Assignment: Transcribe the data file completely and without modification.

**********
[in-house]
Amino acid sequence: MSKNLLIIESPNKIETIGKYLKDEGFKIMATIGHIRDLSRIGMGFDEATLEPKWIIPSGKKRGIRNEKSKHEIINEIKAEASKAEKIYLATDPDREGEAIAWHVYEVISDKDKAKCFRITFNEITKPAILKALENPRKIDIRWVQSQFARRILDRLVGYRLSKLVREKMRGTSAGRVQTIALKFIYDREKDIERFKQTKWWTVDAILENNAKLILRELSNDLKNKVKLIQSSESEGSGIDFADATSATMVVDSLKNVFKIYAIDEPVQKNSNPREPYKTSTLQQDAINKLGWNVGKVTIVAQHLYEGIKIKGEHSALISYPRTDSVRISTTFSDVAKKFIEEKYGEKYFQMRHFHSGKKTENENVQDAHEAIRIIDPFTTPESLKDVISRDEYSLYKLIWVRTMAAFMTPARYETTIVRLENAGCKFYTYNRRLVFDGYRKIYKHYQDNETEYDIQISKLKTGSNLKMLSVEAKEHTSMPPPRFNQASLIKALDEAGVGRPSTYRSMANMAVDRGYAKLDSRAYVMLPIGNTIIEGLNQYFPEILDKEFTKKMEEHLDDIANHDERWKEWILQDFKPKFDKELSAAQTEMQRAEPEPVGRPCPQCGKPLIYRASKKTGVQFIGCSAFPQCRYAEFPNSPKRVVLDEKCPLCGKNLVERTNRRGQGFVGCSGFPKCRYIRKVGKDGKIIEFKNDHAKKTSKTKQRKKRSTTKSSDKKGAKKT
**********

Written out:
[in-house]
Amino acid sequence: MSKNLLIIESPNKIETIGKYLKDEGFKIMATIGHIRDLSRIGMGFDEATLEPKWIIPSGKKRGIRNEKSKHEIINEIKAEASKAEKIYLATDPDREGEAIAWHVYEVISDKDKAKCFRITFNEITKPAILKALENPRKIDIRWVQSQFARRILDRLVGYRLSKLVREKMRGTSAGRVQTIALKFIYDREKDIERFKQTKWWTVDAILENNAKLILRELSNDLKNKVKLIQSSESEGSGIDFADATSATMVVDSLKNVFKIYAIDEPVQKNSNPREPYKTSTLQQDAINKLGWNVGKVTIVAQHLYEGIKIKGEHSALISYPRTDSVRISTTFSDVAKKFIEEKYGEKYFQMRHFHSGKKTENENVQDAHEAIRIIDPFTTPESLKDVISRDEYSLYKLIWVRTMAAFMTPARYETTIVRLENAGCKFYTYNRRLVFDGYRKIYKHYQDNETEYDIQISKLKTGSNLKMLSVEAKEHTSMPPPRFNQASLIKALDEAGVGRPSTYRSMANMAVDRGYAKLDSRAYVMLPIGNTIIEGLNQYFPEILDKEFTKKMEEHLDDIANHDERWKEWILQDFKPKFDKELSAAQTEMQRAEPEPVGRPCPQCGKPLIYRASKKTGVQFIGCSAFPQCRYAEFPNSPKRVVLDEKCPLCGKNLVERTNRRGQGFVGCSGFPKCRYIRKVGKDGKIIEFKNDHAKKTSKTKQRKKRSTTKSSDKKGAKKT